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It's just one game, and technically Montini's young kids only aged 90 minutes Friday afternoon.
But, boy, did they ever grow up.
A year ago sophomores Kateri Stone, Sara Ross, Jasmine Lumpkin and Kelly Karlis were cheering Montini's seniors on the sidelines at Redbird Arena. Freshman Kelsey Bogdan? She was somewhere doing what eighth-graders do weekend afternoons.
They were thrown into the fire Friday, matched with a senior-laden Hillcrest team burning to avenge two championship-game losses.
"I could tell that they had a lot of anger toward us, that they wanted revenge," Stone said. "They definitely took it out on us early."
Montini's kids played like kids at the outset. The pressure got to them. They turned it over 19 times in the first half. Shots that normally fall for shooters like Stone didn't.
Stone, who hit a team-high 72 3-pointers leading into Friday, bricked her first 12.
She came back to hit a pair of 3s to help lead a comeback from down 9 with four minutes left. Then she was money at the free-throw line, making all 4 in the final 15 seconds.
"Kateri, I don't know if she got lost on the way to the arena," Montini coach Jason Nichols said, "but she sure showed up in the fourth quarter. That's all that matters."
Montini's comeback appeared to hit a bump in the road with 2:11 left when steady junior Nikia Edom -- the team's best shooter -- fouled out.
In came Bogdan, who earlier had a pair of breakaway layups to cut Montini's deficit within single digits.
The wiry freshman has loads of potential but naturally can be jittery at times playing varsity basketball in front of the demanding eyes of Nichols. Pressure like Hillcrest's didn't help early.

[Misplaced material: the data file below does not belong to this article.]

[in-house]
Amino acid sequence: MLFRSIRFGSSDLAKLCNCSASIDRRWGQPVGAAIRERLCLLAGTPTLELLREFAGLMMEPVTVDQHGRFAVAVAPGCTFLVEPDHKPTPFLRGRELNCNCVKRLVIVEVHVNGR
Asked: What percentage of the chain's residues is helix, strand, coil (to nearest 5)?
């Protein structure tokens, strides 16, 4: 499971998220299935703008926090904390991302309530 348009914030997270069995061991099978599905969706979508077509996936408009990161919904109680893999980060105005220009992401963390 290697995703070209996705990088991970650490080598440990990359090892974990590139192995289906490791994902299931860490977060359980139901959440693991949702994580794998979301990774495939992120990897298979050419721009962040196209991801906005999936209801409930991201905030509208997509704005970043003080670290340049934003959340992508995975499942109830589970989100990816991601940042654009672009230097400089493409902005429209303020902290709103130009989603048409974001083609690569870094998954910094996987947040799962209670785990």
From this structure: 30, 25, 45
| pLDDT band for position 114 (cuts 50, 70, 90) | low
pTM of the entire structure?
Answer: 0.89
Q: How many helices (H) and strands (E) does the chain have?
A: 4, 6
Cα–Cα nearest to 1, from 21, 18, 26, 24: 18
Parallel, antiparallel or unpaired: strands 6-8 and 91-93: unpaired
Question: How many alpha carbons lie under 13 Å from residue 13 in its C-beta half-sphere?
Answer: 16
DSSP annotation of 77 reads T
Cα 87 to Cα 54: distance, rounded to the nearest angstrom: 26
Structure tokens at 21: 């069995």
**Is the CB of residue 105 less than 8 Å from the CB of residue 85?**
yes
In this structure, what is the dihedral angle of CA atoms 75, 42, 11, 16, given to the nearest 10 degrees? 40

But there she was, burying just her third 3 of the year seconds after Edom fouled out to pull Montini within 3.
"Kelsey really struggled early," Nichols said, "but she got back in, mellowed out and did a great job."
It's only a few short steps from the sidelines to center court, but, oh, what a difference a year makes for Montini's young kids. It's their time.
"It's exciting," Lumpkin said, "to actually be on the court and to be a part of it."
Montini's championship-game wins the last two years speak for themselves.
But this? This was special. Unexpected. And, with a stirring comeback, wholly emotional. Nichols was overcome, turning to the bleachers behind the bench and shaking both fists to celebrate. Montini's kids marched over to their fans, serenaded with chants of "three-peat."
Hillcrest's pressure, and the moment, seemed to overwhelm Montini's kids early. But they didn't wilt, and by the end the Broncos were the ones who looked like the veteran team.
Nichols' kids, to borrow an old White Sox slogan, can play.
"At the beginning of the game, we were kind of nervous," Stone said, "but after a while we just said to each other, 'All right guys, settle down.' We calmed down towards the end and made the plays when we needed to."